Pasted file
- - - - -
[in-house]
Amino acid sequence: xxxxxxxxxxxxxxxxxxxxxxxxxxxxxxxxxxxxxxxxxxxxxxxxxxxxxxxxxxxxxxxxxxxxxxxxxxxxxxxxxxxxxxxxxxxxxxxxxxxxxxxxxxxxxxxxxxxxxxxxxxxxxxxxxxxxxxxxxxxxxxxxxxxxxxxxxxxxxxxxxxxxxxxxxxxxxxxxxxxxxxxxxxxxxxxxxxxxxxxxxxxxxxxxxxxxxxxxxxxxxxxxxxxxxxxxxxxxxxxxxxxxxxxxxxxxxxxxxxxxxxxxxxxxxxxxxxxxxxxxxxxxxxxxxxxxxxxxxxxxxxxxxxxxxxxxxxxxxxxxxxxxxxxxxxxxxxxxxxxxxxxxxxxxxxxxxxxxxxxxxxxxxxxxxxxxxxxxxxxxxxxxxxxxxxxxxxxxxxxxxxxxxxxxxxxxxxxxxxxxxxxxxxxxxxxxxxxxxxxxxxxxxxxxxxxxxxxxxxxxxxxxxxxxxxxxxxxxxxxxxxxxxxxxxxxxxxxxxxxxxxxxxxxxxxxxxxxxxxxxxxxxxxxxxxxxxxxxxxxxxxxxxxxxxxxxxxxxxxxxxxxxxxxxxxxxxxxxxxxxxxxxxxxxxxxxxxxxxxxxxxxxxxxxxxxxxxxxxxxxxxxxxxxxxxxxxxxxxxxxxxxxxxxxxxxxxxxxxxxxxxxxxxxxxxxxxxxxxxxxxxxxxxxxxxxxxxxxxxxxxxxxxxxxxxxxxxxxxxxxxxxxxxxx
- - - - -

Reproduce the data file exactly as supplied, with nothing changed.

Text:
[in-house]
Amino acid sequence: xxxxxxxxxxxxxxxxxxxxxxxxxxxxxxxxxxxxxxxxxxxxxxxxxxxxxxxxxxxxxxxxxxxxxxxxxxxxxxxxxxxxxxxxxxxxxxxxxxxxxxxxxxxxxxxxxxxxxxxxxxxxxxxxxxxxxxxxxxxxxxxxxxxxxxxxxxxxxxxxxxxxxxxxxxxxxxxxxxxxxxxxxxxxxxxxxxxxxxxxxxxxxxxxxxxxxxxxxxxxxxxxxxxxxxxxxxxxxxxxxxxxxxxxxxxxxxxxxxxxxxxxxxxxxxxxxxxxxxxxxxxxxxxxxxxxxxxxxxxxxxxxxxxxxxxxxxxxxxxxxxxxxxxxxxxxxxxxxxxxxxxxxxxxxxxxxxxxxxxxxxxxxxxxxxxxxxxxxxxxxxxxxxxxxxxxxxxxxxxxxxxxxxxxxxxxxxxxxxxxxxxxxxxxxxxxxxxxxxxxxxxxxxxxxxxxxxxxxxxxxxxxxxxxxxxxxxxxxxxxxxxxxxxxxxxxxxxxxxxxxxxxxxxxxxxxxxxxxxxxxxxxxxxxxxxxxxxxxxxxxxxxxxxxxxxxxxxxxxxxxxxxxxxxxxxxxxxxxxxxxxxxxxxxxxxxxxxxxxxxxxxxxxxxxxxxxxxxxxxxxxxxxxxxxxxxxxxxxxxxxxxxxxxxxxxxxxxxxxxxxxxxxxxxxxxxxxxxxxxxxxxxxxxxxxxxxxxxxxxxxxxxxxxxxxxxxxxxxxxxxxxxxxxx